Catholics attacked again in Burkina Faso
Diocese of Ouahigouya has confirmed the deaths of four Catholics.
This latest attack brings to 12, within two months, the number of Catholics killed by terrorists in the diocese because of their religious affiliation. (Photo by OLYMPIA DE MAISMONT/AFP)
The bishop of the strife-torn Diocese of Ouahigouya in Burkina Faso has confirmed the recent deadly attacks on Catholics and has described the spate of such assaults as a distressing humanitarian crisis.
The diocese in north-central Burkina Faso in a statement announced the death of four Catholics in a terrorist attack in the village of Bani on June 27.
The attack was confirmed to La Croix Africa on July 2 by Bishop Justin Kientega of Ouahigouya.
"In Bam Province, the parish priest in Titao told me about the death of the village shopkeeper and the parish priest of Bourzanga also confirmed the death of four people," he said.
This latest attack brings to 12, within two months, the number of Catholics killed by terrorists in the diocese because of their religious affiliation.
On May 13, in the parish of Notre-Dame du Lac de Bam, in the same diocese, Catholics in a Marian procession were intercepted and four of them were killed by unidentified armed individuals. Two weeks later, on May 26, four more Catholics were killed in the parish of Titao in the same diocese.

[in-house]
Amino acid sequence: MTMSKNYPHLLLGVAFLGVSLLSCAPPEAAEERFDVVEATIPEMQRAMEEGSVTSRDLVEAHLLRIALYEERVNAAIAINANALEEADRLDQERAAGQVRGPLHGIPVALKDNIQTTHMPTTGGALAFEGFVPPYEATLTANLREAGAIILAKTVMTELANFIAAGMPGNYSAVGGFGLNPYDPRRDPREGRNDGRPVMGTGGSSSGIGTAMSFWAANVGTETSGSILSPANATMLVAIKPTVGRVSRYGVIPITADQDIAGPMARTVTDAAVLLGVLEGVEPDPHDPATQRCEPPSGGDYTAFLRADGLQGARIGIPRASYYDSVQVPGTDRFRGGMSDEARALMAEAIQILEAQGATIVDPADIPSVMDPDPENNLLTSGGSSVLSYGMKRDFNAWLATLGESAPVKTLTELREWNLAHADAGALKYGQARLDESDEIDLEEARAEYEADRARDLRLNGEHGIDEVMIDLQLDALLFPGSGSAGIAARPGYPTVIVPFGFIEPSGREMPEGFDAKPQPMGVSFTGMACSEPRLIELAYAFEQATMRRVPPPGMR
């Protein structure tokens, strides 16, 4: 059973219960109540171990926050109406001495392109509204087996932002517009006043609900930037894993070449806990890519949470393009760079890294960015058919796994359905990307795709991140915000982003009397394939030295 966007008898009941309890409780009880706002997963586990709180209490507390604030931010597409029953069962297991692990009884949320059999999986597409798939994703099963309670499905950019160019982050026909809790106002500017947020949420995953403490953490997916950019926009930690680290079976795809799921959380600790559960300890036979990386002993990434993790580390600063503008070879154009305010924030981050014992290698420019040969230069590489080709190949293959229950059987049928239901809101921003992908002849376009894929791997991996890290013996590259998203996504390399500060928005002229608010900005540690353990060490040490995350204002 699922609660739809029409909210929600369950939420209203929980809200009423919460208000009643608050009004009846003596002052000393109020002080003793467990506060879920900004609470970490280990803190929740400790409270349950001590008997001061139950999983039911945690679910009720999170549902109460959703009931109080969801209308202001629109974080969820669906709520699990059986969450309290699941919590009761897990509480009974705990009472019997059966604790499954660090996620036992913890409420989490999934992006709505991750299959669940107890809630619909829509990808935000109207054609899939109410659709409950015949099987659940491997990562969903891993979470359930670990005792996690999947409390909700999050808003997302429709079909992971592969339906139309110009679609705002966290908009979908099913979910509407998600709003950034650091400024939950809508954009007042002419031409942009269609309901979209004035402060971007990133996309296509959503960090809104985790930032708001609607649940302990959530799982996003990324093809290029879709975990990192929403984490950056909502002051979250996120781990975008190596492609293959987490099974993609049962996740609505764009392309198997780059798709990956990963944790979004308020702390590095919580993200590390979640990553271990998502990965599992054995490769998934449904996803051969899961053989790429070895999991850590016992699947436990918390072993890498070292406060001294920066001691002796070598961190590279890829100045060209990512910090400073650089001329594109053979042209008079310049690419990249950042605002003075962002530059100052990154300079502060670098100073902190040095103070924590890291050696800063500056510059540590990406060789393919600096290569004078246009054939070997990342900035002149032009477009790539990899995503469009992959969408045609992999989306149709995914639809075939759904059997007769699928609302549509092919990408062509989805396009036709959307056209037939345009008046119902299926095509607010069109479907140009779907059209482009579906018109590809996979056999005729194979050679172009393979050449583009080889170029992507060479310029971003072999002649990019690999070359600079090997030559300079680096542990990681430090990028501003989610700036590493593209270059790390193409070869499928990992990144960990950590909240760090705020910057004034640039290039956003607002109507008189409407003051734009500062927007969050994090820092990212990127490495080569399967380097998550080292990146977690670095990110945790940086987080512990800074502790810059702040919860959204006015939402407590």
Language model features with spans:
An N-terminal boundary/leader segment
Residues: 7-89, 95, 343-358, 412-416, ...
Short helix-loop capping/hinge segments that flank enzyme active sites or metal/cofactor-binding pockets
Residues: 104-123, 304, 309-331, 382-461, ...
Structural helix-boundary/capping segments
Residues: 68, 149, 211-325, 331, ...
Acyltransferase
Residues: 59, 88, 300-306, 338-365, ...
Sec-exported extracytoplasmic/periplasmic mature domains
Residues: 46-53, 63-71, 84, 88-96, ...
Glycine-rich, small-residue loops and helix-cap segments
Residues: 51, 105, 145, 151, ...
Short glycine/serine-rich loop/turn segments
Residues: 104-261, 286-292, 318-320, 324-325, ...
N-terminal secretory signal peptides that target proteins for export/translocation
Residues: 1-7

The insecurity in this area has created a humanitarian crisis, said Bishop Kientega.
"Despite the existence of social action groups, people from these threatened areas are moving to other parishes to ask for help. We house them in two schools: Sainte Marie de Titao and Saint Albert de Bourzanga," the bishop said.
In his view, care is a problem.
"There are fears for their housing with the rainy season already here. We are in the process of approaching government departments to address the needs of these vulnerable people. We have already had help from the Catholic Organization for Development and Solidarity [an international alliance of Catholic development agencies] but the numbers of those needing help are increasing," he said.
This is not the only concern of the people of this diocese exposed to terrorist attacks.
"These displaced people, housed in the city, are mostly farmers. What will we do next year? It is also necessary to think about it," Bishop Kientega said, adding that in the region, contact is well established and regular between priests and governors, mayors, security forces and social action groups.
How do you live with a terrorist threat?
The statement from the Diocesan Communication Center of Ouahigouya notes that the terrorists "proceeded to identify the people by asking for the first name of each person to check if they had Christian first names and wore crosses or medals. Thereafter, four Catholics, each wearing a cross around the neck, were identified, segregated and executed.
In the face of such attacks, Bishop Kientega urged Christians not to nurture the spirit of revenge and hatred and appealed to all those who are willing to support them to provide psychological help, food and care for the displaced.
Bishop Kientega has also requested a police presence during eucharistic celebrations.